Article

Interleukin-2 production in whole blood cell cultures of women undergoing controlled ovarian hyperstimulation for assisted reproduction technology cycles.

Department of Obstetrics and Gynecology, Rabin Medical Center, Petah Tiqva and Sackler Faculty of Medicine, Tel Aviv University, Tel Aviv, Israel.
American journal of reproductive immunology (New York, N.Y.: 1989) (Impact Factor: 2.67). 10/2003; 50(3):220-3. DOI: 10.1034/j.1600-0897.2003.00061.x
Source: PubMed

ABSTRACT To determine whether human chorionic gonadotropin (hCG) modulates the in vitro release of interleukin (IL-2) from human peripheral lymphocytes and monocytes derived from patients undergoing controlled ovarian hyperstimulation (COH).
A large university-based IVF unit was used for the study. Blood was drawn thrice from 12 women undergoing our routine IVF long gonadotropin-releasing-hormone-analog protocol during the COH cycle: (1) day on which adequate suppression was obtained (Day-S); (2) day of or prior to hCG administration (Day-hCG); and (3) day of ovum pick-up (Day-OPU). At each point of time, blood was tested for sex-steroid levels and then cultured for 72 hr either without (control-culture) or with hCG (hCG-culture) or with mitogenic stimulation by phytohemagglutinin (PHA-culture). The culture-medium supernatants were tested for IL-2 levels with a commercial sandwich enzyme-linked immunoassay.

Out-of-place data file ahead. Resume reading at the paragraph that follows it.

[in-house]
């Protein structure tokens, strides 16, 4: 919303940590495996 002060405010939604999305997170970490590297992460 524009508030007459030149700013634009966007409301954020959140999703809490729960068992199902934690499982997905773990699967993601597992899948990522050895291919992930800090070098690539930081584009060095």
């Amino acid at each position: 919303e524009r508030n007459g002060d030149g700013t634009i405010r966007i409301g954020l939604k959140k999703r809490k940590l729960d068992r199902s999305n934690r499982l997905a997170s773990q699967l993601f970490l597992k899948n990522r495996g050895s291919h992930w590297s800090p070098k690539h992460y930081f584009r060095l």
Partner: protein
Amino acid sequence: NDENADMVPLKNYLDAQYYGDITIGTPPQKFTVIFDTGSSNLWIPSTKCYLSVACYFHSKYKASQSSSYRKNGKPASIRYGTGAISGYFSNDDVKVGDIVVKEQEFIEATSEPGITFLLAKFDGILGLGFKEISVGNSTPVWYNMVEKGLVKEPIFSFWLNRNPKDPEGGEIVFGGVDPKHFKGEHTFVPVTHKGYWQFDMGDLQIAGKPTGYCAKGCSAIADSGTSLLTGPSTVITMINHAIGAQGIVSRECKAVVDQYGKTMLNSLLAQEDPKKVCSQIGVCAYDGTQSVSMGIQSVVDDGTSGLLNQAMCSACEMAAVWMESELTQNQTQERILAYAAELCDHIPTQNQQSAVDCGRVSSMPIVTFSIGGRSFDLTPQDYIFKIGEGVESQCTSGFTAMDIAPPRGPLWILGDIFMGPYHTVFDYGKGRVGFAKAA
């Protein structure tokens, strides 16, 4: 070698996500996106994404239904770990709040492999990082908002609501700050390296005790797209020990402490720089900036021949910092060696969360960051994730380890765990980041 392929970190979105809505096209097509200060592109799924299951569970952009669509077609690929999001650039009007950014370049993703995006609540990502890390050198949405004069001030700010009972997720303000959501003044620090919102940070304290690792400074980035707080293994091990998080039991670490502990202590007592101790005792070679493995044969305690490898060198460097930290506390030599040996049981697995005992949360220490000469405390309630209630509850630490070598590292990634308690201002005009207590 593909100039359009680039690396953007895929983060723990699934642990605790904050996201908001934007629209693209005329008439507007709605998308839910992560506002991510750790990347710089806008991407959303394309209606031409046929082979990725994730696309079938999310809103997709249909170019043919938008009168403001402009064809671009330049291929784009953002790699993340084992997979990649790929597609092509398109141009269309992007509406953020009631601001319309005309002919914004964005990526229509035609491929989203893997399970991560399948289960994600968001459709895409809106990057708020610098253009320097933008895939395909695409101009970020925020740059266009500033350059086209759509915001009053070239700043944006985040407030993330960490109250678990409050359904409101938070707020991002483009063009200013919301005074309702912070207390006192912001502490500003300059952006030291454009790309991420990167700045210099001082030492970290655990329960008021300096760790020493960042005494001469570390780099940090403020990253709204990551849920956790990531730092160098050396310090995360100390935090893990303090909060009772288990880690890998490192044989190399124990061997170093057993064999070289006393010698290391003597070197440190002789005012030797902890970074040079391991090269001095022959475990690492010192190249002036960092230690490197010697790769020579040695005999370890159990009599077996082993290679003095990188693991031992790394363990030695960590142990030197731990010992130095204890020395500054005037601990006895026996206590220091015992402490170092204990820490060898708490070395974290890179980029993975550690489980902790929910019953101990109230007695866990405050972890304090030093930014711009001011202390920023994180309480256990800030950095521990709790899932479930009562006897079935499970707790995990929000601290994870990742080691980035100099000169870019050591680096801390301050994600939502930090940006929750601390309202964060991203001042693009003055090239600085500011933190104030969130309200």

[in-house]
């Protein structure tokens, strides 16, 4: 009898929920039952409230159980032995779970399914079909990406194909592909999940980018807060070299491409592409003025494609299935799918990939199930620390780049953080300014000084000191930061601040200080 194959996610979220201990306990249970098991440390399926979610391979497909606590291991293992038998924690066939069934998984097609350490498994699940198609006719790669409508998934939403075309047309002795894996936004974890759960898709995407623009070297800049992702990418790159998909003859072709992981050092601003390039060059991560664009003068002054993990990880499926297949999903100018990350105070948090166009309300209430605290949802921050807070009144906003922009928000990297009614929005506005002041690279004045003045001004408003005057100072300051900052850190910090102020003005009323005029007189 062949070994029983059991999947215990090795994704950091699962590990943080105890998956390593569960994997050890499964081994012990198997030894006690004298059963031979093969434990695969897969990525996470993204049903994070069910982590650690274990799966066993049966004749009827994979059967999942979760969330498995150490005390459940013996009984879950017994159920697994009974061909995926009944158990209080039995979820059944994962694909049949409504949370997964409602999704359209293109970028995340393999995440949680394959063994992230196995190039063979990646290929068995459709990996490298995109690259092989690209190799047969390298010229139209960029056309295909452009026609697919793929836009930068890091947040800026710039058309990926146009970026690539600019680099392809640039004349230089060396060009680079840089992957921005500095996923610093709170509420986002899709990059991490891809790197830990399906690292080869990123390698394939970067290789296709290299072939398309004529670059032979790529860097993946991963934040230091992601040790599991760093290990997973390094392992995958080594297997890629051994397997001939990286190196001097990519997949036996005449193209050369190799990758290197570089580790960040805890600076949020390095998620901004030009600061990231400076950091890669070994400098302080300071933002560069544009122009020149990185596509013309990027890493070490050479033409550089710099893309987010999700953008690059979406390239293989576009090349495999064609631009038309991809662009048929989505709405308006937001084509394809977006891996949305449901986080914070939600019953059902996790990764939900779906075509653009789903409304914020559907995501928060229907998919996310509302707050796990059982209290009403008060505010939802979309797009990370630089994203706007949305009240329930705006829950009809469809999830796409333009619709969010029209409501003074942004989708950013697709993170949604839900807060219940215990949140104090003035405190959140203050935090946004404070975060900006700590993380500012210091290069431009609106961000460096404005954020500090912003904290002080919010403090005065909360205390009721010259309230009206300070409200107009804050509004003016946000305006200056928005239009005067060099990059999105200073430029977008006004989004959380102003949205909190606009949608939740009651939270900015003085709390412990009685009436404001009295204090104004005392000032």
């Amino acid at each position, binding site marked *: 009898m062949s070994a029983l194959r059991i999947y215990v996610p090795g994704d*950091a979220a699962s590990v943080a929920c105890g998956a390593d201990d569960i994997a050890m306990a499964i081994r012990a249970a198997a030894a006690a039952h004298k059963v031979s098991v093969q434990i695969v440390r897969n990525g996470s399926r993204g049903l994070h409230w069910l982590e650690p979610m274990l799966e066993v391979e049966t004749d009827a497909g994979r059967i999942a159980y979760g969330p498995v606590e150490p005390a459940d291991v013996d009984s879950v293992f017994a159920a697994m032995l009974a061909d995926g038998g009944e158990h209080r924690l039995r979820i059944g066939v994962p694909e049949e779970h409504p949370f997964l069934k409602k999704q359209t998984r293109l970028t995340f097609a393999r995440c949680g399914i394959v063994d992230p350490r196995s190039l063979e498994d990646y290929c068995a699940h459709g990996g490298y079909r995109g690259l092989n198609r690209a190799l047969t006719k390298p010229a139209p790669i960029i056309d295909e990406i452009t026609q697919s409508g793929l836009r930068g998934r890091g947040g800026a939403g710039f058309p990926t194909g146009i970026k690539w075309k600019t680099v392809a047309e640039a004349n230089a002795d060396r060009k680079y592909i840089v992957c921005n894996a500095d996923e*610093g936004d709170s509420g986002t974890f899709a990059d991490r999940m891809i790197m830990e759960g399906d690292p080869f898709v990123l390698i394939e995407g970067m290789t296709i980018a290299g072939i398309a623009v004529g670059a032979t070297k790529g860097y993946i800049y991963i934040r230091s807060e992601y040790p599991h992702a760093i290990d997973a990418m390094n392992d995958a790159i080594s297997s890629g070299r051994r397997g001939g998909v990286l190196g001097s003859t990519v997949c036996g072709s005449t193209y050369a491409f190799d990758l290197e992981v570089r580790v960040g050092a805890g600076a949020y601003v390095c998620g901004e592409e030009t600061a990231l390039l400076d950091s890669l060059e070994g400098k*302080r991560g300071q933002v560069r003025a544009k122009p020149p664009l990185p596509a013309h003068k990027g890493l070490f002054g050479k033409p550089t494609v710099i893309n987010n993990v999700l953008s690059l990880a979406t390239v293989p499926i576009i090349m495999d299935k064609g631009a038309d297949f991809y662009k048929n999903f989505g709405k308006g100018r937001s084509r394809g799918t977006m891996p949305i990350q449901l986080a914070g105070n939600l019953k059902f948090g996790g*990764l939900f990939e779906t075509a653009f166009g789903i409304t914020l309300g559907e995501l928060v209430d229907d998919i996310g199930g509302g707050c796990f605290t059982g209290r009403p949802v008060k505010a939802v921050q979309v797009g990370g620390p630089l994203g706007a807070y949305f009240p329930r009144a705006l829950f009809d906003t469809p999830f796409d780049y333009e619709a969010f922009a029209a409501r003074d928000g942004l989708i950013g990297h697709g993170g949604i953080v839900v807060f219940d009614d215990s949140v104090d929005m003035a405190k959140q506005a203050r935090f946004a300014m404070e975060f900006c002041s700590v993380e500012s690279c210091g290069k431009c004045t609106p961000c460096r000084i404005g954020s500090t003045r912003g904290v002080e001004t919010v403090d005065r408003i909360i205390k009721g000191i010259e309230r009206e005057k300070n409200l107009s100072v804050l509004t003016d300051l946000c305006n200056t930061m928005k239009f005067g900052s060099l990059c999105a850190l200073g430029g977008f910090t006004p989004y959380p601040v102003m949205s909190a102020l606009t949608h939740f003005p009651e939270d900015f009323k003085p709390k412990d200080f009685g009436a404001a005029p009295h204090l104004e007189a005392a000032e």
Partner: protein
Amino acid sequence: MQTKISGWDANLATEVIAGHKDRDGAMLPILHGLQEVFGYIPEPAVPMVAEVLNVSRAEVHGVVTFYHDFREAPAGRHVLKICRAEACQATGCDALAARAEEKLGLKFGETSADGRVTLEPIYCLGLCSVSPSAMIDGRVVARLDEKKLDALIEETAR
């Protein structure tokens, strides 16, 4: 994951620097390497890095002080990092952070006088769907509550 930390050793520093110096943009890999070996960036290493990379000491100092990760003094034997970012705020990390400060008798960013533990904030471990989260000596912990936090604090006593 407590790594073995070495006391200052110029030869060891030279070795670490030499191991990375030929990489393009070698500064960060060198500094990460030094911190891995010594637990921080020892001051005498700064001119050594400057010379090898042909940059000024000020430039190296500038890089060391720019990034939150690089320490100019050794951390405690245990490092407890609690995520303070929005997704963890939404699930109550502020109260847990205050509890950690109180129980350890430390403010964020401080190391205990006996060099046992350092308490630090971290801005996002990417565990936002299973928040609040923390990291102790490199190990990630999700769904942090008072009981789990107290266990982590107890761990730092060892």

Whole blood culture IL-2 levels increased significantly during COH until peak E2, and then decreased significantly after hCG administration. IL-2 levels were decreased in the control- and PHA-culture media on Day-OPU compared with Day-hCG. There were no significant correlations between IL-2 levels in the culture media and serum estradiol, progesterone or human chorionic gonadotropin levels.
Apparently, hCG attenuates IL-2 production by mononuclear cells with and without mitogenic stimulation, irrespective of the estradiol level. This suggests that hCG may indirectly modulate the inflammatory response, resulting in the ovarian hyperstimulation syndrome.

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